Autobiography · Personal Development


"Broken Gauges" © Dave Wilson, 2011. CC BY-NC-ND 2.0.
Broken Gauges” © Dave Wilson, 2011. CC BY-NC-ND 2.0.

Before I really know what’s happening I find myself on craigslist. Job hunting. Not for any reason in particular. It’s not a necessity. I just want something to do besides writing. Because writing is hard and working for someone else would be easy.

I fantasize about having a boss, about making coffee again, about learning to redesign an old website. I daydream about working in retail, about employee discounts, about clocking in. I catch myself wishing someone would come into my room and tell me how to spend my time. A paycheck to show I’m contributing something. A good answer to the, “So what do you do?” question.

It’s the same struggle I’ve faced for years. The same valley I’ve found myself in again and again when my writing gets scary and uncomfortable. I see it stretching out in front of me, all introspection and vulnerability. And instead of trudging forward into it, I want to turn tail and run.

So many pieces of partially finished projects scattered on the floor that I feel like I never get anything done. It doesn’t build into anything. It’s just a thin coating. I have created no mountains, no mole hills. I haven’t stayed committed, haven’t buckled down hard enough to build. I have done the easy thing instead.

And I’m tired of that. Tired of taking the easy way out. The easy way in. Tired of not living up to the potential my mom keeps telling me I have. Tired of making excuses for why I haven’t done this or that or stayed interested long enough for things to really pan out. I’m tired of committing half-heartedly and then pretending I don’t care when nothing happens.

I want to make big goals. I want to accomplish big things. I want to stop worrying so much about what I think other people expect of me. I want to do the deep digging and find out what it is I’m really after. Because I have my suspicions that it does not involve a nine-to-five job in an office.

I know it doesn’t.

The things I build my dreams out of are written words published in places other than this blog. They’re longer form stories that I spend weeks revising. They’re rejection letters and late nights. They’re all sweat and sobbing. Tired eyes and worn down keyboards. I build my dreams on long runs and heavy lifts. On failed pull up attempts. On early mornings and long phone calls with friends. And it’s time I start being okay with it.

Because I’m never going to make anyone else happy without making myself happy first. I’m never going to live up to someone else’s expectations if I just made them up in my head. I’m never going to be fulfilled by doing what I think other people want me to. That’s the recipe for a life of resentment and exhaustion. That’s exactly the thing I don’t want to do.

So let’s do something new.

Mental Health · Writing

One Thing

Slow – Hwy 101 old growth” © Sam Bebee, 2005. CC BY 2.0.

I tell myself to do just one thing. Put clothes on. Eat something. Open up my computer and write a sentence, a word. One thing. Just one.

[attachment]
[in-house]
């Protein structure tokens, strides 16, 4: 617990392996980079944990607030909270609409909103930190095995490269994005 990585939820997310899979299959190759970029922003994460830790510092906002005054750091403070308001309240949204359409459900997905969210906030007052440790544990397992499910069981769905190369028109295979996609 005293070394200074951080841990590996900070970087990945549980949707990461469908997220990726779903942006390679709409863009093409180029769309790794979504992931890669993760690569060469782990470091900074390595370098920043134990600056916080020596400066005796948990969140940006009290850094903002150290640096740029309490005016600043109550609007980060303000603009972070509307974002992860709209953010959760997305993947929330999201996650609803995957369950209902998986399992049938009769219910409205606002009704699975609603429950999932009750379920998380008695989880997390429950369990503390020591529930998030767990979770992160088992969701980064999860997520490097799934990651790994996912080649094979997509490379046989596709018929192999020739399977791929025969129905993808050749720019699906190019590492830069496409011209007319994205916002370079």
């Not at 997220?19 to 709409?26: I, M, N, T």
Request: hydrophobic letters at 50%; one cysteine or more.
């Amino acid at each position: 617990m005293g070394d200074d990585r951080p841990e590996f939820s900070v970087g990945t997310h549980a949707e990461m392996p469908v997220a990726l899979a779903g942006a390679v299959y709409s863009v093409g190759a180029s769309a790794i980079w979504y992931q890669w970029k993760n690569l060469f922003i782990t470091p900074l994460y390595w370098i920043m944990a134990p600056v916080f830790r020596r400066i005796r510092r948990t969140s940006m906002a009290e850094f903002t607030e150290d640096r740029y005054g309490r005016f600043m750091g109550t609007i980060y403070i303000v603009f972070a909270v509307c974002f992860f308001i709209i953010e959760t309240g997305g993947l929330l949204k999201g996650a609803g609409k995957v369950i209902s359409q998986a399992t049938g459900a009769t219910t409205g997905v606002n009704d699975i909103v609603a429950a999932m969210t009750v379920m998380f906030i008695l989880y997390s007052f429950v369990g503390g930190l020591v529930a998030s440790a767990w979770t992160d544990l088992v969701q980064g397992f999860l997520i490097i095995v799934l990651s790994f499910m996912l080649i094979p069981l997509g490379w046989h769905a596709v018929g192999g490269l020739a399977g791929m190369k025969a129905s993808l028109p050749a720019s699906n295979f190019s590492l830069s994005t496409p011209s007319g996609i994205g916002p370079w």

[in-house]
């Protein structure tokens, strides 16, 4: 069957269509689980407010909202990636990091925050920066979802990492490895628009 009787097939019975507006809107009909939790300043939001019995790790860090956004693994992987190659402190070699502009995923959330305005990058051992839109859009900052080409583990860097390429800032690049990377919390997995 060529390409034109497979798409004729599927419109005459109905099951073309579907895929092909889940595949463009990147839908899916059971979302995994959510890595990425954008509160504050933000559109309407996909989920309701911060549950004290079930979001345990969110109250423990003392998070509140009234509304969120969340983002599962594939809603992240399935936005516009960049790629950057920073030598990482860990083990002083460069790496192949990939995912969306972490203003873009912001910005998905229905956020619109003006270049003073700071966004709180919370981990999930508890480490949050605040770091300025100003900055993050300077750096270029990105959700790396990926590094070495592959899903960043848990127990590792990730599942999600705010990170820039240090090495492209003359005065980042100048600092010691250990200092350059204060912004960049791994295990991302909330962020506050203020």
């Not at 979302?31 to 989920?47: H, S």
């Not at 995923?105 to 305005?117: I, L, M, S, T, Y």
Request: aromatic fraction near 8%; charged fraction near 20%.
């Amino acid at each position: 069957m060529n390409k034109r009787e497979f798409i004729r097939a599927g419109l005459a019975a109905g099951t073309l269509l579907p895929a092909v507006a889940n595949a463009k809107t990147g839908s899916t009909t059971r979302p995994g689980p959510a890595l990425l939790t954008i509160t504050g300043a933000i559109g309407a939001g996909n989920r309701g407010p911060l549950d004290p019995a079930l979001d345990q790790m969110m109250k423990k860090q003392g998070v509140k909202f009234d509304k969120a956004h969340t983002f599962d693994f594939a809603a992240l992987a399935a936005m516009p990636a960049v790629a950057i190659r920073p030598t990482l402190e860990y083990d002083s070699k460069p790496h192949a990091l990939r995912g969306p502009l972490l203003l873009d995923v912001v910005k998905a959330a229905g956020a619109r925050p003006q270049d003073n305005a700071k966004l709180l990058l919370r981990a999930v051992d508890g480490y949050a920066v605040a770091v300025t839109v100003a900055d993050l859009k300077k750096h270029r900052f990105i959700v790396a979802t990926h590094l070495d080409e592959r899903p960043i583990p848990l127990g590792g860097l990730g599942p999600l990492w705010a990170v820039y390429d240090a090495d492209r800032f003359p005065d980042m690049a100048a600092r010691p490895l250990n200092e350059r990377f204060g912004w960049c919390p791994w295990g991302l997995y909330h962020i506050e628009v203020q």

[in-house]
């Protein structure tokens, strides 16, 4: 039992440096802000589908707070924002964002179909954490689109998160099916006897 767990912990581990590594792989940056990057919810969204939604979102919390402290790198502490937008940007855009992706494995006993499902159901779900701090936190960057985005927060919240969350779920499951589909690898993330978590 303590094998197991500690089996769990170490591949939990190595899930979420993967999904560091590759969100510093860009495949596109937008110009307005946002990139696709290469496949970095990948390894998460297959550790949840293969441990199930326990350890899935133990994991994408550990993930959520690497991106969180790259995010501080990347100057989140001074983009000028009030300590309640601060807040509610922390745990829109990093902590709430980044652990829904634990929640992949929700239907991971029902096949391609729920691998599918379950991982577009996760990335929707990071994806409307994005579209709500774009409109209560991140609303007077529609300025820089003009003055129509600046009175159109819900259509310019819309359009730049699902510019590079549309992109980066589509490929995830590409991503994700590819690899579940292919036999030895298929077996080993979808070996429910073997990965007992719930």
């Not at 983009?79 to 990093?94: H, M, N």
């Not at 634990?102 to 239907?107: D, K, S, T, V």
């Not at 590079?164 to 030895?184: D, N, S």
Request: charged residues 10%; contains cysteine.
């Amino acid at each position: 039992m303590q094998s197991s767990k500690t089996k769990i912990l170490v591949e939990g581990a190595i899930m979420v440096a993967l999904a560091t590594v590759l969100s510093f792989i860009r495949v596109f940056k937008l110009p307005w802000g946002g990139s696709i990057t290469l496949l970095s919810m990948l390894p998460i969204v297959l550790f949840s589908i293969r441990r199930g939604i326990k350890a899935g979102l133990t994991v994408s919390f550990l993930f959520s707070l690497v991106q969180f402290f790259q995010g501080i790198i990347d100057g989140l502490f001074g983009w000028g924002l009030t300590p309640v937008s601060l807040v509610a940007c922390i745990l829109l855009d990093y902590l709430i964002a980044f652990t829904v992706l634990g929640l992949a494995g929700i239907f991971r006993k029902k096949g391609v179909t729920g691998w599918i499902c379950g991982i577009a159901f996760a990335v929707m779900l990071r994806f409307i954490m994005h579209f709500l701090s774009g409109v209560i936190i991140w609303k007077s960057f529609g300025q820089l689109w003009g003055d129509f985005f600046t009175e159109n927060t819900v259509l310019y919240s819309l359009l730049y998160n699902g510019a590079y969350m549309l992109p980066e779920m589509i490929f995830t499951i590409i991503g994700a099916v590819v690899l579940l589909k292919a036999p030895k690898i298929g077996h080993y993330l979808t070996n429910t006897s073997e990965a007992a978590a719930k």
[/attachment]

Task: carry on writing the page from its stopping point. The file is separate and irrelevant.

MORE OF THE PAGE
Then I think of how it will compound. How one thing leads to another and that’s how everything gets built. I lose track quickly of how important just focusing on the first step is. I start to zoom in on how all those little pieces will join together to make something I deem worthwhile. Then I’m not thinking about each individual part anymore. I’m thinking about the entire lifespan of the thing. Seeing the tree in the seed.

But there are seeds that never become trees at all. And trees that never soar above me. Never make me feel safe and small and powerful and insignificant all at once. Trees that turn into tables or door frames. Paper for notebooks. Trees that burn in fires. That live high in mountains, where the air is thin, and put in everything they can, but never get over three feet tall.

And I’m reminded not to get too caught up in the building. Not to cling too hard to the idea that one thing always becomes another and another. Or that it always needs to. Sometimes one thing is just that. You write one sentence and then you curl up on the floor and sob for the rest of the day. And that’s okay.

You don’t have to get bogged down by the bigness of the possibility. Not every word has to be part of the next great American novel. Not every day has to be dripping with productivity. Has to have tangible accomplishments to point to.

Not every seed exists to become towering.

Autobiography · Poetry


Bud” © Thangaraj Kumaravel, 2012. CC BY 2.0.
It’s waiting for you.
On the back burner for so long
you’ve forgotten about it completely.

It’s sitting at the table in a restaurant.
Waiting patiently for you to leave that job
you don’t even like
and make it to dinner.


It’s underneath a stack of half-finished books
and another mostly empty journal.
Corners of the pages folded,
marking all those inspiring quotes
about places to go and things you’ll do

It’s somewhere in the back of your fridge.
Tucked between a jar of pickles
and boxes from that take-out place you don’t even like,
but walk by on your way home.

It’s another collection of sentences that start
with words like “when the time is right” and “someday” and “after I…”.

You can always find another reason
you can’t find the time
or do it right now.
You are never wanting for extended timelines.
Two-year plans that are pushed out to five, then ten.

An entire life condensed down to
all the things you said you’d do,
but didn’t.